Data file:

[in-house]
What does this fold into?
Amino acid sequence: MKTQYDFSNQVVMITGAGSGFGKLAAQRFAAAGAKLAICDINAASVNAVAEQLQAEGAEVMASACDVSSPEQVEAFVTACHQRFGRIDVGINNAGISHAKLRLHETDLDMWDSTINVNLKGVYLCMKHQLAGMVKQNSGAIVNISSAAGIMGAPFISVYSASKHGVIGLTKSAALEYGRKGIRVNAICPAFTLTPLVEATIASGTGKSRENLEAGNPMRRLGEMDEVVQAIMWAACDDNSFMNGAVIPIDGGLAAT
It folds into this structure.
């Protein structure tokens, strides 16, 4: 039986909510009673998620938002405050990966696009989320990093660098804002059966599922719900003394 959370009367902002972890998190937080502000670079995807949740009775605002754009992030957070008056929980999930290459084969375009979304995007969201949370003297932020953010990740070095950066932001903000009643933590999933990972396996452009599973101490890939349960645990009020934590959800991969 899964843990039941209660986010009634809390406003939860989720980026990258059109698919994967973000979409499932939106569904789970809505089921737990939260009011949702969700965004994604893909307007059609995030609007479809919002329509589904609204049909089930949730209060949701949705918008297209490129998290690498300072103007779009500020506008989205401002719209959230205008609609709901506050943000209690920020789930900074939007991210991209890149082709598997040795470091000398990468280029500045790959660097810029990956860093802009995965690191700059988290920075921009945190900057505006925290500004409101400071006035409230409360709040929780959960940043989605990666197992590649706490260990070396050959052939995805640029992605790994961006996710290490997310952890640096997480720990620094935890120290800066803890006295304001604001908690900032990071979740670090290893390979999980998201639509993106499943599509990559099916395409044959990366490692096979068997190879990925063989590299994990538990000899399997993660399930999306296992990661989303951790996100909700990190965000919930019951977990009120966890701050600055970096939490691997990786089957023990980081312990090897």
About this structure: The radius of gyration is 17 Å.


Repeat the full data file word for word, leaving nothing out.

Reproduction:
[in-house]
What does this fold into?
Amino acid sequence: MKTQYDFSNQVVMITGAGSGFGKLAAQRFAAAGAKLAICDINAASVNAVAEQLQAEGAEVMASACDVSSPEQVEAFVTACHQRFGRIDVGINNAGISHAKLRLHETDLDMWDSTINVNLKGVYLCMKHQLAGMVKQNSGAIVNISSAAGIMGAPFISVYSASKHGVIGLTKSAALEYGRKGIRVNAICPAFTLTPLVEATIASGTGKSRENLEAGNPMRRLGEMDEVVQAIMWAACDDNSFMNGAVIPIDGGLAAT
It folds into this structure.
């Protein structure tokens, strides 16, 4: 039986909510009673998620938002405050990966696009989320990093660098804002059966599922719900003394 959370009367902002972890998190937080502000670079995807949740009775605002754009992030957070008056929980999930290459084969375009979304995007969201949370003297932020953010990740070095950066932001903000009643933590999933990972396996452009599973101490890939349960645990009020934590959800991969 899964843990039941209660986010009634809390406003939860989720980026990258059109698919994967973000979409499932939106569904789970809505089921737990939260009011949702969700965004994604893909307007059609995030609007479809919002329509589904609204049909089930949730209060949701949705918008297209490129998290690498300072103007779009500020506008989205401002719209959230205008609609709901506050943000209690920020789930900074939007991210991209890149082709598997040795470091000398990468280029500045790959660097810029990956860093802009995965690191700059988290920075921009945190900057505006925290500004409101400071006035409230409360709040929780959960940043989605990666197992590649706490260990070396050959052939995805640029992605790994961006996710290490997310952890640096997480720990620094935890120290800066803890006295304001604001908690900032990071979740670090290893390979999980998201639509993106499943599509990559099916395409044959990366490692096979068997190879990925063989590299994990538990000899399997993660399930999306296992990661989303951790996100909700990190965000919930019951977990009120966890701050600055970096939490691997990786089957023990980081312990090897």
About this structure: The radius of gyration is 17 Å.